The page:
Earlier this week, we reported on a movement gathering momentum in Congress that would enable Fannie Mae and Freddie Mac to force lenders to buy back bad loans to help the mortgage giants recoup some of their combined $354 billion in losses due to delinquent mortgages and bad debt. Now, some members of the House of Representatives (Barney Frank, D-MA, and Paul E. Kanjorski, D-PA) are taking things a step further and calling for the president, both GSE’s and anyone else that they can get their hands on to use “all of [their] power to recover money” from underwriters and issuers of underwater securities that ultimately made their way to Fannie Mae and Freddie Mac .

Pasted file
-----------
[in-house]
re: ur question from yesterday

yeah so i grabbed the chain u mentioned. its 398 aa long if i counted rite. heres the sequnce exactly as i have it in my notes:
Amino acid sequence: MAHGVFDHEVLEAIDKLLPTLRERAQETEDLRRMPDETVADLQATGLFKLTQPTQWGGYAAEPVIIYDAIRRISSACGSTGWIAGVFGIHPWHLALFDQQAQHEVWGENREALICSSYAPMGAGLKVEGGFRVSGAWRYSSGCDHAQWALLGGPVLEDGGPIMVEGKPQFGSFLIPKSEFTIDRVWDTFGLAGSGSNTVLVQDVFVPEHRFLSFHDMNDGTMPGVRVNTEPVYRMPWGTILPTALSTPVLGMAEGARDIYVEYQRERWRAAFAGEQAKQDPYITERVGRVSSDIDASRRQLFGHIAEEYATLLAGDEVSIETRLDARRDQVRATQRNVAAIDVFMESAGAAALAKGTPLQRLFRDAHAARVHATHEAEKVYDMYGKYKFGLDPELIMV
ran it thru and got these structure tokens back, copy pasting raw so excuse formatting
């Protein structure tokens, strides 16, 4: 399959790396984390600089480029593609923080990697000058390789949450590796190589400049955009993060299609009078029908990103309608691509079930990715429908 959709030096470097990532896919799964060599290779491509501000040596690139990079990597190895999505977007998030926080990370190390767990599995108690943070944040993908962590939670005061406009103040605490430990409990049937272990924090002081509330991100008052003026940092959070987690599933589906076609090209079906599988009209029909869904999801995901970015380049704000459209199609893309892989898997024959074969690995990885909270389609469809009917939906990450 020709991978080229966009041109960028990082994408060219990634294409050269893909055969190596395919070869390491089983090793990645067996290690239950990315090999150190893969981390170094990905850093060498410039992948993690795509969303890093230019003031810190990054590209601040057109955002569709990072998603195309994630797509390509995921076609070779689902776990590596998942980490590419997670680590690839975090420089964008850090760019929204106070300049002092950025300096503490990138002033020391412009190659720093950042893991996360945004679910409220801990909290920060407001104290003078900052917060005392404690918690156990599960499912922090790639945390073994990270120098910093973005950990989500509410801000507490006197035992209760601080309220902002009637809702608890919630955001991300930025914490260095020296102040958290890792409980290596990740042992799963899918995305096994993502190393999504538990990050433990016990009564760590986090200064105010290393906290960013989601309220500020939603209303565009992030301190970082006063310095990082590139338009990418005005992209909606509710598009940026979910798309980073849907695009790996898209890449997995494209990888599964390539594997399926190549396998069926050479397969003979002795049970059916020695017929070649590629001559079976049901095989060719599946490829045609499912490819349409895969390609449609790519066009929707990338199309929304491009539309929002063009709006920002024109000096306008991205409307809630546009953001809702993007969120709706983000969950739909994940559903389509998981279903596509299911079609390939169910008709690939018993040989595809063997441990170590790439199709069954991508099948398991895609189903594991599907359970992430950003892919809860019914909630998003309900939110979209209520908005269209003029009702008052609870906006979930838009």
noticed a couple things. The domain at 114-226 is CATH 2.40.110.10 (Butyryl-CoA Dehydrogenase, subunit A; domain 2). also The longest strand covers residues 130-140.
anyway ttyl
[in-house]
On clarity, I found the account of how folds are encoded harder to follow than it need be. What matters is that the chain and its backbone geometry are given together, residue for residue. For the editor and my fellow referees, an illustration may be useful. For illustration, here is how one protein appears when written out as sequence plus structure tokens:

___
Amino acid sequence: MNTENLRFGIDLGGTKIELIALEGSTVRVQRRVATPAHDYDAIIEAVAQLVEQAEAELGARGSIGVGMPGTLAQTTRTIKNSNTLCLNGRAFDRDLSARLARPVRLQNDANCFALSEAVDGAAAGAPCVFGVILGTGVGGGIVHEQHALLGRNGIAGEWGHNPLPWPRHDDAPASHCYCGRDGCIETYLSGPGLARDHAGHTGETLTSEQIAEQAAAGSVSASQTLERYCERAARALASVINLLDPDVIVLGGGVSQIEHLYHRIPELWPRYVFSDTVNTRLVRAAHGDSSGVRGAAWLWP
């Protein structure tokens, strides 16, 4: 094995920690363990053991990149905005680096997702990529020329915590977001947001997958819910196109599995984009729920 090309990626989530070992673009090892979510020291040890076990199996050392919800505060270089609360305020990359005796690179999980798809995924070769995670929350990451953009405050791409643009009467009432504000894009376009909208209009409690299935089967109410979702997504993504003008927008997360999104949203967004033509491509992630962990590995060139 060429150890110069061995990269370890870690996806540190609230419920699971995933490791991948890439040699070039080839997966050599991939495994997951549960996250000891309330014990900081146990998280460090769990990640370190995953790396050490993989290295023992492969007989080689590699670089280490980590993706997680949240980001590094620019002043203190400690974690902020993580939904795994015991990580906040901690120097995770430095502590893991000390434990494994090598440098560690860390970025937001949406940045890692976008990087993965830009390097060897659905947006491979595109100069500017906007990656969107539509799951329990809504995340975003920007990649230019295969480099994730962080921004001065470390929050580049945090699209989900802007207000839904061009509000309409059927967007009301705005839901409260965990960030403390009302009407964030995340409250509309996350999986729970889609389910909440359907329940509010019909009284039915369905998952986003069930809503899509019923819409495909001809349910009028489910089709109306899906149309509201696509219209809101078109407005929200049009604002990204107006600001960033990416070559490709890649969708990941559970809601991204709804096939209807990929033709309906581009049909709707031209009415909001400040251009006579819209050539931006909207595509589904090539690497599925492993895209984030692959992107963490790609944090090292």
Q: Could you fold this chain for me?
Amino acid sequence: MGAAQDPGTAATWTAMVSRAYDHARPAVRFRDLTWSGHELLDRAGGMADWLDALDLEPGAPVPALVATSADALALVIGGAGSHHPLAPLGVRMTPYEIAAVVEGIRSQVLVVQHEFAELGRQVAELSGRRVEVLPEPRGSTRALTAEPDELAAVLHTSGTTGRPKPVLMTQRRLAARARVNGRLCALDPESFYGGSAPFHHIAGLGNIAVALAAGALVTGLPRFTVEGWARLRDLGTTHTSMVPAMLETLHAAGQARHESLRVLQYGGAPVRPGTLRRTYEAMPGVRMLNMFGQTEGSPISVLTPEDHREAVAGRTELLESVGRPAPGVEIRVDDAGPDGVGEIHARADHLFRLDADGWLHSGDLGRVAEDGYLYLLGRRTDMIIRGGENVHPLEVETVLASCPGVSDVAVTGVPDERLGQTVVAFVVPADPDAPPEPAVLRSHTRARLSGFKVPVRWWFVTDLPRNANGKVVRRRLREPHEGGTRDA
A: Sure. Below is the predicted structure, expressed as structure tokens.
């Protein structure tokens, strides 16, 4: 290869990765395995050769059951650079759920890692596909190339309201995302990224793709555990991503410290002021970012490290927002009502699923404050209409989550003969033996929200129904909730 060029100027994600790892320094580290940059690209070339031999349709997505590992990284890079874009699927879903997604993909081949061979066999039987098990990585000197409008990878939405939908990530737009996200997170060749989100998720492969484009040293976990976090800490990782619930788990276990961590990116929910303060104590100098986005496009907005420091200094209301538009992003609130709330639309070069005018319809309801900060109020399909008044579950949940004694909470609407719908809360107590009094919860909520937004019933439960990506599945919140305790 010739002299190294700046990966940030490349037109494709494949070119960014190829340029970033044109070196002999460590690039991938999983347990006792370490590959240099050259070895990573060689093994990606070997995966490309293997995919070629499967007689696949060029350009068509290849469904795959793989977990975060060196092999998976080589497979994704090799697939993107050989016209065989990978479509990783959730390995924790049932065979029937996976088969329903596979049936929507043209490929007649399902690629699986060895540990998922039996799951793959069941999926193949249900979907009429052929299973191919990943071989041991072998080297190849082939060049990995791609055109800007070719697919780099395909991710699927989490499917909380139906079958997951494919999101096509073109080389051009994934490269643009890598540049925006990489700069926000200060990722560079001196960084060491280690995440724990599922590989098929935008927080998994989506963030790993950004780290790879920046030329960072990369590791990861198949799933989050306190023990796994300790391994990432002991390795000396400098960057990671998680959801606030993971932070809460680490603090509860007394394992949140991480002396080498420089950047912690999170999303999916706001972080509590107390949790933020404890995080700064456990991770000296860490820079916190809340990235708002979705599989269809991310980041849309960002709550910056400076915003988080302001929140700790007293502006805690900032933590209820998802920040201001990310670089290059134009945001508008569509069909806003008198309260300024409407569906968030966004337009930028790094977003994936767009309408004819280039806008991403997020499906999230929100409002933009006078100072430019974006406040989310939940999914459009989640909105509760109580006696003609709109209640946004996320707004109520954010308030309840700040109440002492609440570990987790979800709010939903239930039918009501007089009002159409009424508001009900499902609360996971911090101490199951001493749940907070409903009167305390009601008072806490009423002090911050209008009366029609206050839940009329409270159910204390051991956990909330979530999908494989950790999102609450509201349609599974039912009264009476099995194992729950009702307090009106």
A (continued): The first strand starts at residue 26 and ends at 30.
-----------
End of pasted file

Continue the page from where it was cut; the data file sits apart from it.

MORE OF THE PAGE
The two representatives claim that Fannie and Freddie have cost taxpayers $150 billion to date, and blame a significant portion of these losses on “deception” on the part of “private companies [that] sold Fannie and Freddie loans or securities based on fraudulent documents.” Now, I am certainly not saying that there was no fraud on the part of any lenders, and we all know that some pretty lousy mortgages made it through the underwriting process in the past decade. But wasn’t this partly because of the lenient and even aggressive policies that not only encouraged but rewarded and even demanded these types of loans? Why should only half of the guilty parties pay the price now, especially when Fannie and Freddie were bailed out specifically to help disperse these losses?
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